Tuesday, January 15, 2008

My Great-Grandfathers' Rav

I've written before that my paternal grandparents' town in Poland, Makow Masovietski, was famous for their maggid in the late 1700s, R. David Makover, arch-misnaged and author of Zemer Aritzim and Shever Poshim (link). I have since discovered another famous rabbi who served the town while my great-grandfathers were alive -- R. Yehuda Leib Graubart (1862-1937), author of five volumes of responsa Chavalim Ba-Ne'imim.

The following is from the preface to the second edition of his responsa (bold added):

It is, indeed, a signal privilege to introduce to the Torah community the five volumes of Chavalim Ba-Ne'Imim by my late Father, the eminent scholar and halakhist, Rabbi Judah Leb Graubart, of blessed memory, containing responsa based on the four parts of the Shulhan Arukh, which in their day left an indelible impression on the rabbinic world. The first volume appeared in 1901, when the young author served in the capacity of rabbi in the city of Makow, in the province of Lomza, in Poland. In the main the work dealt with sugyot of the Talmud in an encyclopedic arrangement. And it is no mere coincidence that the Sephardic savant, Rabbi Hayyim Hezekiah Medini, author of the classic Sede Hemed, itself an encyclopedic work, gave his haskamah to that book. But already then it contained a number of responsa.
R. Gedalia Dov Schwartz writes (sha'arei Gedulah, p. 131 n. 35):
Rabbi Yehuda Leib Graubart (born 1862 - died 1937), known as the Stachuver Rav, was a respected scholar who wrote five volumes of responsa called חבלים בנעימים. The first volume, printed in 1901, when Rabbi Graubart was Rav in Makow, Poland, is graced with the approbation of Rabbi Chaim Chizkiah Medina, the Sdei Chemed. Rabbi Graubart was the Rav of the Torah Emes shul in Toronto preceding Rabbi Yaakov Kamenetsky. He was also a leading figure in the Mizrachi movement and had once traveled throughout Poland with the Chofetz Chaim to promote Jewish education. Rabbi Graubart's scholarship and fearlessness in standing up for principles in communal issues had won him the respect, even awe, of his community.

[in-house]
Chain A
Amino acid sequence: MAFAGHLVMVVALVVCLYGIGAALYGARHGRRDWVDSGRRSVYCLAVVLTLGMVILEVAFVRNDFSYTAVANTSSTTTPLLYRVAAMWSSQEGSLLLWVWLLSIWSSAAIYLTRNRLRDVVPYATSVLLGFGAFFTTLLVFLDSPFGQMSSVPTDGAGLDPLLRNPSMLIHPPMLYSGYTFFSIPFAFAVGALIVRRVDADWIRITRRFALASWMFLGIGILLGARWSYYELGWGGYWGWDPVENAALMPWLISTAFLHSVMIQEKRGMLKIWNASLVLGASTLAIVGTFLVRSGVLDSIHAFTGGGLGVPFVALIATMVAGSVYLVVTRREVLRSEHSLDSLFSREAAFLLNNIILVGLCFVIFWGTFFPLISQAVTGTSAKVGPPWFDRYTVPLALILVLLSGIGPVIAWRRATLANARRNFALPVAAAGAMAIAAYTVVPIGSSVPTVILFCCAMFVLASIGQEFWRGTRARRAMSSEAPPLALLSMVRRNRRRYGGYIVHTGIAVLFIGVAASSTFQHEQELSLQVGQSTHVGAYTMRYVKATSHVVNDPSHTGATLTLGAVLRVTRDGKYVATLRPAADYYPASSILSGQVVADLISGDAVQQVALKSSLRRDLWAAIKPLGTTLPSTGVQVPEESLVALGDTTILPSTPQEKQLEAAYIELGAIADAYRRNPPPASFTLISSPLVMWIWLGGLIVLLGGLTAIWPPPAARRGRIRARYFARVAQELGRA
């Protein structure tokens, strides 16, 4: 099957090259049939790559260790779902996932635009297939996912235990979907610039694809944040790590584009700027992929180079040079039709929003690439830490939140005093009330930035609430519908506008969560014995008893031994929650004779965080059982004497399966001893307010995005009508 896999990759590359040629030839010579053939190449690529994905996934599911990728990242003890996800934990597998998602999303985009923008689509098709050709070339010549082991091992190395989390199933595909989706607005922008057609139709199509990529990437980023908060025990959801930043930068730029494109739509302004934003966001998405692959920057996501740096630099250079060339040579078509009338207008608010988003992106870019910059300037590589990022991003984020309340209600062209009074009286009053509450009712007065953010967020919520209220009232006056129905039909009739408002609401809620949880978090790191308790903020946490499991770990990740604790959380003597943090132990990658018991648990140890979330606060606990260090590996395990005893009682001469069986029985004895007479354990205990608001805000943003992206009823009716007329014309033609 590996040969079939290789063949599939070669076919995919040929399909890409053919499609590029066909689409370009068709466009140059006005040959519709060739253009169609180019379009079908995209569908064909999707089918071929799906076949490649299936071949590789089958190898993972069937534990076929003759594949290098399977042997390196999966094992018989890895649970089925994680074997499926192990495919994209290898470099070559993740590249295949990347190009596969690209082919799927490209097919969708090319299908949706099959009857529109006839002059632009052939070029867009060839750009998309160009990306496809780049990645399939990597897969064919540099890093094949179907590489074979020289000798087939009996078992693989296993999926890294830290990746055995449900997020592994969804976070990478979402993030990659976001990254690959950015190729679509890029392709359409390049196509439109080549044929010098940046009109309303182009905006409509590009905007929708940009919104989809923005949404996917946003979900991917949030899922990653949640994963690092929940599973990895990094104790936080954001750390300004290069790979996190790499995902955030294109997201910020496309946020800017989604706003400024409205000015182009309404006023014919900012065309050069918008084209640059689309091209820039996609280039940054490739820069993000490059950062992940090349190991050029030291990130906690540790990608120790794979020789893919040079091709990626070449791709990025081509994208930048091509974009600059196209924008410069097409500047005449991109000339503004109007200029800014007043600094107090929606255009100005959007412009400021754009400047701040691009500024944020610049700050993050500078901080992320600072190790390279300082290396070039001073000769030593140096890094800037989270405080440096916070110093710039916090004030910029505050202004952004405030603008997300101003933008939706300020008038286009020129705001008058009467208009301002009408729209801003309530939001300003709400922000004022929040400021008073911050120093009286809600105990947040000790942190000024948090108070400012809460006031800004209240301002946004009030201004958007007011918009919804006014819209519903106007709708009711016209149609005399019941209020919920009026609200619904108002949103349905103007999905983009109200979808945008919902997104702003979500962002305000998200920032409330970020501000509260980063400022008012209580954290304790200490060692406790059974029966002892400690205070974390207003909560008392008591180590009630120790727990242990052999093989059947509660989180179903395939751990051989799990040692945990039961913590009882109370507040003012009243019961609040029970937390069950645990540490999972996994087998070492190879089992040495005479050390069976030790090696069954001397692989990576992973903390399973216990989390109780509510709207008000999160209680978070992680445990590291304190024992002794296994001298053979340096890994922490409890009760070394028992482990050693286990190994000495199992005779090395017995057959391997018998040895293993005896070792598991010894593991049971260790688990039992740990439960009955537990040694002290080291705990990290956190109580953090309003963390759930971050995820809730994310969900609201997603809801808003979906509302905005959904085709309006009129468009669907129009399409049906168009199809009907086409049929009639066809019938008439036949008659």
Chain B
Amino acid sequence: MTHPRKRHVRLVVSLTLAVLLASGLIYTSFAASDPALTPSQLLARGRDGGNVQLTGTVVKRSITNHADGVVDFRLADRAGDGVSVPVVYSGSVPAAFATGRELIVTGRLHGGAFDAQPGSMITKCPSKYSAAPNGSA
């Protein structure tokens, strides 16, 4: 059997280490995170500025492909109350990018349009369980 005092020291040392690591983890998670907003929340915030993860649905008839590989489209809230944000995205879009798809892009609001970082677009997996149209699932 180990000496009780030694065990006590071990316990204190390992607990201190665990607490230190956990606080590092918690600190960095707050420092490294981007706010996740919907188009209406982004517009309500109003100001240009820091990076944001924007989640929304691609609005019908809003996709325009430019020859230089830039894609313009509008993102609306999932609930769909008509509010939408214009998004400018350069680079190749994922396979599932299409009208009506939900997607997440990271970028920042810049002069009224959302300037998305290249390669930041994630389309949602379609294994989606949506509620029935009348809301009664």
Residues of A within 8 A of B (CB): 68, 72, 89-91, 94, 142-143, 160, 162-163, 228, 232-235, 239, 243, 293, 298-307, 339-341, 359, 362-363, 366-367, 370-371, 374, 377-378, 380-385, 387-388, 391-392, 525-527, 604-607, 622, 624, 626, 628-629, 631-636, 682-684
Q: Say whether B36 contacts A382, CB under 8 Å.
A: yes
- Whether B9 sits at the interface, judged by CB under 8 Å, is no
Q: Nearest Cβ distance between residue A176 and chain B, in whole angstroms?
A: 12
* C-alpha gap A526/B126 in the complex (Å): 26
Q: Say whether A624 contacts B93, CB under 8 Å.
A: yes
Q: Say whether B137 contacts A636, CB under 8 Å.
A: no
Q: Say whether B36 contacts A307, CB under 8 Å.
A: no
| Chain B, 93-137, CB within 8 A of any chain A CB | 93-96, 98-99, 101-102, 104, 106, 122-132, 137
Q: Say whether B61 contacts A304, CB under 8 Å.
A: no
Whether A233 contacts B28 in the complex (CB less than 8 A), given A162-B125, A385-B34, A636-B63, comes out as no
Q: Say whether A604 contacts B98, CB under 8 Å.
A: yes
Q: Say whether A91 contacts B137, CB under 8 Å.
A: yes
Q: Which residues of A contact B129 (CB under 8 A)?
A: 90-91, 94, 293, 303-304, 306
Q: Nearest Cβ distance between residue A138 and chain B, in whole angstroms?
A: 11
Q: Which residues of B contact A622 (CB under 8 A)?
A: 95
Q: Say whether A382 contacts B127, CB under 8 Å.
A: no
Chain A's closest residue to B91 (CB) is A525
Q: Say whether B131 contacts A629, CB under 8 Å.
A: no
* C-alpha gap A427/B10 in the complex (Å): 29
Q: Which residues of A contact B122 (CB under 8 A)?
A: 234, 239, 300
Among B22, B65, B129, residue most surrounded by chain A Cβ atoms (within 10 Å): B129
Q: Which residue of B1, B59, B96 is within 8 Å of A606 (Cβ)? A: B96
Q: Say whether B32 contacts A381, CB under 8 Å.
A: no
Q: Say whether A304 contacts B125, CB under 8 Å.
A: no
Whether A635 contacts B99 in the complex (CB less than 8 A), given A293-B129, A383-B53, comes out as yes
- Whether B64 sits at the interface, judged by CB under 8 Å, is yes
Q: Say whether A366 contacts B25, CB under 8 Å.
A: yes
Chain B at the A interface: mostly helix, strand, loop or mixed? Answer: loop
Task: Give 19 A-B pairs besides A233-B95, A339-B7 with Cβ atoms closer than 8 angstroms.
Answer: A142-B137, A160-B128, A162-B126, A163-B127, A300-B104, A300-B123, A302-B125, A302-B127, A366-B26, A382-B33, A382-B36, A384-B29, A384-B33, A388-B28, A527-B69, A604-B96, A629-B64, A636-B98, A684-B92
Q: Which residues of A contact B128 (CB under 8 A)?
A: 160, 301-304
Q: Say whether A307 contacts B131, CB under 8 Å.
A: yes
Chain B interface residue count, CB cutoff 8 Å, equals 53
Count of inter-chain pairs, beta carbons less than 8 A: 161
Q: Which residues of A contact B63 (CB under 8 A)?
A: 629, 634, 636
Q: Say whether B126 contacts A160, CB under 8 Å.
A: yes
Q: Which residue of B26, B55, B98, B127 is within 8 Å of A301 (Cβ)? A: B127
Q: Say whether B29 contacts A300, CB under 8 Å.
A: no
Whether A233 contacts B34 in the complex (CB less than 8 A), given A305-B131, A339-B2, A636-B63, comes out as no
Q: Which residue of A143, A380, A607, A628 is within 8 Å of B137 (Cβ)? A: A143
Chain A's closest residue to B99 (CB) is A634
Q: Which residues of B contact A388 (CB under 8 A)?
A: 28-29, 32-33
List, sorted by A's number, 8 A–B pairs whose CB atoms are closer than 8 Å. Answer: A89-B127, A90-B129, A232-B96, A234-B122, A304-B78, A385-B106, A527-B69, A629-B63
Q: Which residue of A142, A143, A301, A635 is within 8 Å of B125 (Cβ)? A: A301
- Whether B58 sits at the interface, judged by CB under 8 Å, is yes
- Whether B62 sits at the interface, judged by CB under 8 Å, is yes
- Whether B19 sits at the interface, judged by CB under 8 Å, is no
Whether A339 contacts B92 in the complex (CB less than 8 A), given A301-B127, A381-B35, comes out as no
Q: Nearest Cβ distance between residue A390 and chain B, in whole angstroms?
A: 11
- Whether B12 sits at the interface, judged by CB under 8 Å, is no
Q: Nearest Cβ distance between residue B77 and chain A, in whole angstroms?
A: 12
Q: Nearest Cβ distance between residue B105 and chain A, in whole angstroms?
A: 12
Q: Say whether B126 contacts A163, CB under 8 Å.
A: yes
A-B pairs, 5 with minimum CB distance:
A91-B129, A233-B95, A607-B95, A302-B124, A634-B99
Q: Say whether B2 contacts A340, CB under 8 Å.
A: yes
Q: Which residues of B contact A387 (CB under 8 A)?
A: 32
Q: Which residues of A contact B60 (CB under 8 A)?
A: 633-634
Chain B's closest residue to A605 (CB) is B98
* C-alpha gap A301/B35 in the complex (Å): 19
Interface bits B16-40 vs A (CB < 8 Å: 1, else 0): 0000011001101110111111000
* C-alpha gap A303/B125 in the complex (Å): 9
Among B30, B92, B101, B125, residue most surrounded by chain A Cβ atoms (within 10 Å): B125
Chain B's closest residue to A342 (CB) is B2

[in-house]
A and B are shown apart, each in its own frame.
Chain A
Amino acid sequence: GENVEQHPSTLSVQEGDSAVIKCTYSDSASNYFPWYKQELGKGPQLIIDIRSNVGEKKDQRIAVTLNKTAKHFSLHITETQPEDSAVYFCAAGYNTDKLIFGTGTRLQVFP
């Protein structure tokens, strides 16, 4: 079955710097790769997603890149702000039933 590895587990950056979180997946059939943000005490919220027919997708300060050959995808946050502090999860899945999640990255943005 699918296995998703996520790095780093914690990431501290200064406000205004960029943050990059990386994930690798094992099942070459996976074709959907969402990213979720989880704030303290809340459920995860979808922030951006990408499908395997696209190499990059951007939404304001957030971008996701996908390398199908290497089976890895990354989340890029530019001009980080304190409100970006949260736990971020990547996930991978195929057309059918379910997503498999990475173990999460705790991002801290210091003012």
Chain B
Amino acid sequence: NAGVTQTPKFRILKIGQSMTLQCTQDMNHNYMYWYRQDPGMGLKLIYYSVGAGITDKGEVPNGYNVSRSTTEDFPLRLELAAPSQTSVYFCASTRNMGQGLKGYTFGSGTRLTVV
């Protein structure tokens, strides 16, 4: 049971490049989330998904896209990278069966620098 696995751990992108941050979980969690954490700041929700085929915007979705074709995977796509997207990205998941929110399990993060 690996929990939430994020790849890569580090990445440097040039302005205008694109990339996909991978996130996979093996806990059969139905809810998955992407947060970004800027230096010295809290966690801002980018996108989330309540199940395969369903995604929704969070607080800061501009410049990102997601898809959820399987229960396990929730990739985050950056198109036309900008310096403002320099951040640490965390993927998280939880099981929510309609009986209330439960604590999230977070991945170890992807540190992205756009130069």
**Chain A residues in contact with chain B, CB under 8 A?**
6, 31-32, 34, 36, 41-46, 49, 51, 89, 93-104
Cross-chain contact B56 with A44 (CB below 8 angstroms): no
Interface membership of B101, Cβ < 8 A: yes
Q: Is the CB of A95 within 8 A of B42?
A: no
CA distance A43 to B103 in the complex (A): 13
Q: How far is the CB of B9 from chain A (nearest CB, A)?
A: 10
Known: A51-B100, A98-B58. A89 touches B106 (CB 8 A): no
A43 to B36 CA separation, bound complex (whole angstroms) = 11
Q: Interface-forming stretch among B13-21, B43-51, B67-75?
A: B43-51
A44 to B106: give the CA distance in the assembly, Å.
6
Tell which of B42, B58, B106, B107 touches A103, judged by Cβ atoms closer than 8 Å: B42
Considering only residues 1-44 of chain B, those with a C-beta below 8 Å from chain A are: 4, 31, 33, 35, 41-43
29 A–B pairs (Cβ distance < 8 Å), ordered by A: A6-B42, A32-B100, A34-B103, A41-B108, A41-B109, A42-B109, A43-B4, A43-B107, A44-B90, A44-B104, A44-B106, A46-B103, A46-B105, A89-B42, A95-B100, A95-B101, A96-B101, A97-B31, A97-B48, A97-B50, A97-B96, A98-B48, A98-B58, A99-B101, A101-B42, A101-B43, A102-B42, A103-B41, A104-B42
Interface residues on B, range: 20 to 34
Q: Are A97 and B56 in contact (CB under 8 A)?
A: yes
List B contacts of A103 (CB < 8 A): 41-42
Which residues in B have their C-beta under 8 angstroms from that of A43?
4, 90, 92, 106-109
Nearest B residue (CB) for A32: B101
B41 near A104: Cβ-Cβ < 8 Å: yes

Walter Ehrlich, Zion in the Valley: The Jewish Community of St. Louis, pp. 203, 205:
One of the Va'ad Hoeir's first actions was to engage a Chief Rabbi for the Orthodox community. He was Rabbi Leon Graubart (variably spelled Grobart). A native of Poland, Rabbi Graubart had led an active rabbinic and scholarly life before coming to America. One of his publications detailed his fascinating adventures during the Russian Revolution, in the course of which he served a variety of Jewish causes first on one side and then on the other. After the Treaty of Versailles created a new Poland, he served as president of the Rabbinic Assembly and of the Jewish National Council of Poland. In the early 1920s he emigrated to Toronto, and from there he came to St. Louis to become head of the Va'ad Hoeir as the first official Chief Rabbi of the Orthodox Jewish community of St. Louis...

In 1930 Rabbi Grobart left St. Louis and the Va'ad Hoeir engaged Rabbi Chaim Fishel Epstein as Chief Rabbi.

UPDATE: Here is Rabbi Graubart's bio in Orthodox Judaism in America: A Biographical Dictionary and Sourcebook, pp. 81-82: link

And here is the write-up of Rabbi Graubart in the Memorial Book for the town (link), pp. 44-46:

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